Knowing what we do about the status of steelhead up and down the coast last year and very likely for the coming season, what “planning” is going into measures to address low abundance? DFO has invited an army of stakeholders to its various forums and tables to talk plans. Just what do any of the participants suggest? Has anyone ever heard a guide, ocean or freshwater, suggest softening his/her footprint in light of expected abundances? Over the many years, I’ve witnessed uncounted attempts by steelhead guides to obtain more rod days and discourage competition while everyone else guts it out in efforts to sustain the supply of fish those freshwater commercial fishermen take a living from. Should guided rod days be adjusted according to the fish supply of fish available? Is that unreasonable? What say you Province? Oops, I forgot, the Province doesn’t partake of these management planning processes.

    The entire steelhead advocacy community in BC is strongly behind outright angling closures in all times and places where IFS are expected to be present in 2018. The Council on the Status of Endangered Wildlife in Canada (COSEWIC) is expected to release the results of it emergency review of the IFS situation imminently. It is hard to imagine that review will not recommend listing IFS as endangered under Species At Risk Act provisions. Numerous letters have been written by a broad spectrum of conservation interests in BC demanding DFO take significant measures to address IFS conservation. All this and nary a mention of the word steelhead in that Preliminary Outlook document, the supposed basis for the IFMP processes to follow. I humbly suggest the planning system is sorely in need of a major overhaul. I’ll also suggest (again) the Province needs a serious wake up call.
  3. ericl

    ericl Well-Known Member

    Down here in WA the Salmon return forecasts include counts of jack Salmon at dams on the Columbia & ocean trawls for plankton species & juvenile Salmon; dunno to what extent DFO goes to to conduct similar research. In the end, it would appear that our forecasts down here got it really wrong last year. IMO I don't think we have an idea what all the variables in the Salmon abundance forecasting equation are. My motto about fishing is that everything matters, some things matter more, & what maters more is subject to frequent & largely unpredictable change. OBD, being a true climate change denier & the flawed logic in your signature, I think that your expectations on the capabilities of science in general are unrealistic. This is not intended as a personal attack as this trait is not uncommon nor an indication of lack of intelligence.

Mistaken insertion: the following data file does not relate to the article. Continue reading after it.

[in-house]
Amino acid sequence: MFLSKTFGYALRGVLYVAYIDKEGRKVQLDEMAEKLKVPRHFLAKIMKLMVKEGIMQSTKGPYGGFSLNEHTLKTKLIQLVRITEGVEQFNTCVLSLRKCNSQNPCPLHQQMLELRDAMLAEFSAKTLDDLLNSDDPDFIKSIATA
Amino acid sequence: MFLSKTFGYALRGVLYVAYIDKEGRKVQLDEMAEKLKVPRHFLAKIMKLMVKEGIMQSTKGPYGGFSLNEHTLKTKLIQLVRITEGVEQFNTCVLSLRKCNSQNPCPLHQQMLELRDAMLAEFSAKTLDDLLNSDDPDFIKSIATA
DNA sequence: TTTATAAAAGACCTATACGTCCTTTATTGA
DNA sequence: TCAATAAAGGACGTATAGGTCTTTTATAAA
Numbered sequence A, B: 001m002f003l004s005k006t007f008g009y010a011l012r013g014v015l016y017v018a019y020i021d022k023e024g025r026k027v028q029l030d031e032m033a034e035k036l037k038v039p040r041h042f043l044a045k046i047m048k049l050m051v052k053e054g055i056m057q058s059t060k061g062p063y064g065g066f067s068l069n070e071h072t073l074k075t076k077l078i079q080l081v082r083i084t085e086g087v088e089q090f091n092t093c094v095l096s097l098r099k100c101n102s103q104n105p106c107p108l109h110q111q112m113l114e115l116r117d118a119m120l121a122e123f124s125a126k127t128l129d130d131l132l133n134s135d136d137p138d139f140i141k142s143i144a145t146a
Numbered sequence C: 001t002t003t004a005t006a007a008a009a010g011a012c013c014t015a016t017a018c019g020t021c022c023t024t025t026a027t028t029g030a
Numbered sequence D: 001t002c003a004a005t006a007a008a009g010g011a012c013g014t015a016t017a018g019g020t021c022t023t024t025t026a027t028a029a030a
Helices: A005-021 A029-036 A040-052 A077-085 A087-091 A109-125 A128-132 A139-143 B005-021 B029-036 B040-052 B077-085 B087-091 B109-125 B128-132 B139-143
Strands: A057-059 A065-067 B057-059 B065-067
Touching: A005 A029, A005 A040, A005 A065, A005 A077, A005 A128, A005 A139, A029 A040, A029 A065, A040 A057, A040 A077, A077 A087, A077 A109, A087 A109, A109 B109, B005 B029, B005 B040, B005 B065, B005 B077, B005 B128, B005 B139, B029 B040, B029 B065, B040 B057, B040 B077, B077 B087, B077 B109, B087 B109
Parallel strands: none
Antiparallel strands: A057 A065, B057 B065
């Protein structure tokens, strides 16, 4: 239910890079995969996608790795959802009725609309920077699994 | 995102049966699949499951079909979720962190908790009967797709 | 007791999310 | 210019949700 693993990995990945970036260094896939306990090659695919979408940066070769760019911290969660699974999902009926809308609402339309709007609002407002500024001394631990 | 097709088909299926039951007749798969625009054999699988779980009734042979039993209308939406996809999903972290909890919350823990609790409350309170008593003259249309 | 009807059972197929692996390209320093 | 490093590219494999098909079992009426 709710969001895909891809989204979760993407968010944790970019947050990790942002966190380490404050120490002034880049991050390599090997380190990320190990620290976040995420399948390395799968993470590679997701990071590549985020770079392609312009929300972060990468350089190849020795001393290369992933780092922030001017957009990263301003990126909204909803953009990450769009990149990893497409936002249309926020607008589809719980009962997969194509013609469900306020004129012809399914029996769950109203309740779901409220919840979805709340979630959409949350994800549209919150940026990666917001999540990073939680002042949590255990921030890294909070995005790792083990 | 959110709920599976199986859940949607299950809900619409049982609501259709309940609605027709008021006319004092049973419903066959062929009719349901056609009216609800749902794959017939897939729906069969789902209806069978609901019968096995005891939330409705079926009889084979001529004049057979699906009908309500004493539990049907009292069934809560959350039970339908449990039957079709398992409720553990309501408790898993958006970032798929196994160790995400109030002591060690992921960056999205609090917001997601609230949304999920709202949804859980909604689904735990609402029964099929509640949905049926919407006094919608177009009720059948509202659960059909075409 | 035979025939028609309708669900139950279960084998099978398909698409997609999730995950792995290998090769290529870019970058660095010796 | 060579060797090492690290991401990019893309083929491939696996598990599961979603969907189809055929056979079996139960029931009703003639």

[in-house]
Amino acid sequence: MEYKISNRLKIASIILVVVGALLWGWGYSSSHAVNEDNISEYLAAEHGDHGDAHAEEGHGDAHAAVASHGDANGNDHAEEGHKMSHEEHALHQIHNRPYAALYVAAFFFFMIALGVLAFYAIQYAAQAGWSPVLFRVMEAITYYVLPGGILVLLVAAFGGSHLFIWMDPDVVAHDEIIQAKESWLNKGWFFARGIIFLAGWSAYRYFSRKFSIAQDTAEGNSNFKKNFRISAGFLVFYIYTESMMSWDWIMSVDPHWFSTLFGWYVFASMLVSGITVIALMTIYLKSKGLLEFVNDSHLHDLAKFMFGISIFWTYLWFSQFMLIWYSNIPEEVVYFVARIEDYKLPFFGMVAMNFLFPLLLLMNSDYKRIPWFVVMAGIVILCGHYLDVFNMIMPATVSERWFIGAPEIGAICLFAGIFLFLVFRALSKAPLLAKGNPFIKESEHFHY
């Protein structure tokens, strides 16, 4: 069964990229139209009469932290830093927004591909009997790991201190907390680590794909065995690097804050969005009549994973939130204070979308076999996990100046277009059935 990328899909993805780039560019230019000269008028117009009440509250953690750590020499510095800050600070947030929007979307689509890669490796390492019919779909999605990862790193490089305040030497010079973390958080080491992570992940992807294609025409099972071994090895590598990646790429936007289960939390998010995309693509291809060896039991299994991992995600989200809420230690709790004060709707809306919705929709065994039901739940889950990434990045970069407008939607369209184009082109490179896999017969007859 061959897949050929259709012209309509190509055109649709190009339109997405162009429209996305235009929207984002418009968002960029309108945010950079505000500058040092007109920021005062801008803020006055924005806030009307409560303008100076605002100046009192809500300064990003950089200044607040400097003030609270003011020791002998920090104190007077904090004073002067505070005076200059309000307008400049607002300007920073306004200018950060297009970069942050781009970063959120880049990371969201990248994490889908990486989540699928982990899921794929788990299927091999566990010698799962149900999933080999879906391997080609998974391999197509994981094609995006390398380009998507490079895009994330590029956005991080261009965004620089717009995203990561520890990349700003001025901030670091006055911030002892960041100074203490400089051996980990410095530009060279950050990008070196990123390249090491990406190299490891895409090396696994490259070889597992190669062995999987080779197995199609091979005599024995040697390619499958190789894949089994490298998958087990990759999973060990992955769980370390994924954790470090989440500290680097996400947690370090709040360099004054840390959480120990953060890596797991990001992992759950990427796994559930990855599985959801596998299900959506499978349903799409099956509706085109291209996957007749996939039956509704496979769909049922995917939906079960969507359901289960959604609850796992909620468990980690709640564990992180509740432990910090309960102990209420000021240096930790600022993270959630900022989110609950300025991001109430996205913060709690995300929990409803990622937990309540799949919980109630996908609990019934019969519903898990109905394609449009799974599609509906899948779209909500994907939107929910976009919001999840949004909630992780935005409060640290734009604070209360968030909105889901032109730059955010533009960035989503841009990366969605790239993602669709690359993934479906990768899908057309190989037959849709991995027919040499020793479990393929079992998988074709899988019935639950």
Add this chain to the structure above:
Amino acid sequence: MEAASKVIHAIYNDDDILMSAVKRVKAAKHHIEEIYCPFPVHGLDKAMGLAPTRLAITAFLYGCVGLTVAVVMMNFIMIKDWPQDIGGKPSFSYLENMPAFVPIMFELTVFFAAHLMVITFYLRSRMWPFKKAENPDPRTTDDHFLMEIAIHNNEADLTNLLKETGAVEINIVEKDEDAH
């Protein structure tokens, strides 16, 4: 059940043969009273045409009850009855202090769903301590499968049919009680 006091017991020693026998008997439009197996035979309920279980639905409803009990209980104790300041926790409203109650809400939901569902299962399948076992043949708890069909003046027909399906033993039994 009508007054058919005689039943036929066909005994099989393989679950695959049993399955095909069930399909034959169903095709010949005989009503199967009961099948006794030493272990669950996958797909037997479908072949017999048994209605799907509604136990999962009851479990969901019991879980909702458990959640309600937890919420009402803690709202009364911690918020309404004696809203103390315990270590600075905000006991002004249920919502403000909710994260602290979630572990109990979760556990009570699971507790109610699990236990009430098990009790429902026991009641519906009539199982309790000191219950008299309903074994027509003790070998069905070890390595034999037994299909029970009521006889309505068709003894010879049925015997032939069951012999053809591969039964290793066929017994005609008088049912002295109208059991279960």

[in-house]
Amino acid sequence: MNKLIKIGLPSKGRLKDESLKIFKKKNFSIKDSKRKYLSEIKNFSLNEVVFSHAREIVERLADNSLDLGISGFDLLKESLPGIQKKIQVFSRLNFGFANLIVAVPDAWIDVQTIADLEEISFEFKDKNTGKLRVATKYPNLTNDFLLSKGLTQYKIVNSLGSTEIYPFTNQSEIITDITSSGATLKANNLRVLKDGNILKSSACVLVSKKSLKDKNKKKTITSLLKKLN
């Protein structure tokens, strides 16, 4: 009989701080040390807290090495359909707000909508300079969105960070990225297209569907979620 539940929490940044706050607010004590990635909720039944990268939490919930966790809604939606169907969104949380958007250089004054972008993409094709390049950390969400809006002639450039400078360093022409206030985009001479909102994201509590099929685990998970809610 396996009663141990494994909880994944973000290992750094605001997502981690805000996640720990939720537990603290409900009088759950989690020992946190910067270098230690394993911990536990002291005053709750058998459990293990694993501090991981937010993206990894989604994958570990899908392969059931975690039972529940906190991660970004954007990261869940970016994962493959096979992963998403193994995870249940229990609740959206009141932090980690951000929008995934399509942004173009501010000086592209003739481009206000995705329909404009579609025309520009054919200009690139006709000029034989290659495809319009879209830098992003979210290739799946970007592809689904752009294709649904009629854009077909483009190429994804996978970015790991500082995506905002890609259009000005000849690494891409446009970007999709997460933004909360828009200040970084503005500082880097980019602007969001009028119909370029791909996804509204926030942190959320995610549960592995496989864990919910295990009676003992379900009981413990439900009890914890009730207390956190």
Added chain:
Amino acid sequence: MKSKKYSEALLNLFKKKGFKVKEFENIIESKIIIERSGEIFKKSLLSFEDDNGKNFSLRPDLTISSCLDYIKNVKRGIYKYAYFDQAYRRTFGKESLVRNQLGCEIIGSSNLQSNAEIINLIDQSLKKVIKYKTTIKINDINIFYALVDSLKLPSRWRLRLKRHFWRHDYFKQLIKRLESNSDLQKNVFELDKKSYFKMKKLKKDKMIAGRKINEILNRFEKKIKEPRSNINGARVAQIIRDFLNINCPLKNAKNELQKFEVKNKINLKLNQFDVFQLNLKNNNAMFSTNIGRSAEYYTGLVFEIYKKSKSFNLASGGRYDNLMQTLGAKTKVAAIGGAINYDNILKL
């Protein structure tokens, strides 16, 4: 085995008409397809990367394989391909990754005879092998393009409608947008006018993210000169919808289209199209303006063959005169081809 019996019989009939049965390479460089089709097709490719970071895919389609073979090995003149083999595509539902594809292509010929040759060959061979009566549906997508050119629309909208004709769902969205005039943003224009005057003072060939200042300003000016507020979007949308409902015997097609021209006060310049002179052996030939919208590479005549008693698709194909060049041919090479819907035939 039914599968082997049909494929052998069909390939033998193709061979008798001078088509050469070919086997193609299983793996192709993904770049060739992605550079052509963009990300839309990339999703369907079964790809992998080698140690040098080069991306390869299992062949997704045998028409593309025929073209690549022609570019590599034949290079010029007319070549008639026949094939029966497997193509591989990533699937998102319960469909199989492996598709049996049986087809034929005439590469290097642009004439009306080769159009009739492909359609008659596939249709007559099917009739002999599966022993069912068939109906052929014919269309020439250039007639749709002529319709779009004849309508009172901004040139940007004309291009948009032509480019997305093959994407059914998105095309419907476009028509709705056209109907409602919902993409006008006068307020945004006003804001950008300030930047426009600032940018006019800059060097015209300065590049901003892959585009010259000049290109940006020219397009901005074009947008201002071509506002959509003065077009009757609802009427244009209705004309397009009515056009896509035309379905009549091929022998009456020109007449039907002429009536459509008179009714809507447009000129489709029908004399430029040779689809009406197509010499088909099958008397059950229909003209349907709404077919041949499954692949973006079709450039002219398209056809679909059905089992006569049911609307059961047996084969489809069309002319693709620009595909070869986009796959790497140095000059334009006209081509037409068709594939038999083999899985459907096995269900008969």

FYI i like the bar chart & realize that declining commercial Chinook catches COULD have much to do with regulations changes from the Pacific Salmon Treaty. In conclusion the data in the bar graph seems much more incomplete that the PRELIMINARY 2018 SALMON OUTLOOK
  4. ILHG

    ILHG Well-Known Member

    Eric, not cool buddy. Everyone has the right to an opinion on the "theory" of climate change & the effect man has on it.
    CIVANO likes this.
  5. agentaqua

    agentaqua Well-Known Member

    Thanks for highlighting the difference between a "belief" and "scientific consensus", ILHG. We can all own our own "beliefs" - but that shouldn't translate into rejecting the scientific consensus - unfortunately some people confuse the 2. Some PR firms paid by those who wish the status quo for their clients to remain unchanged - want us to confuse the 2...
    seascene likes this.
  6. ericl

    ericl Well-Known Member

    Last time I checked this is a sport fishing forum & a thread on Salmon abundance predictions. I have no problem with OBD expressing opinions that are "on-ssubject" & not blatant lies, but the stuff in his signature has no business on this site (IMO of course). All it does is encourage hate & discontent, & trying to equate weather forecasts made by meteorologists with actual measured climate data is insulting to my intelligence.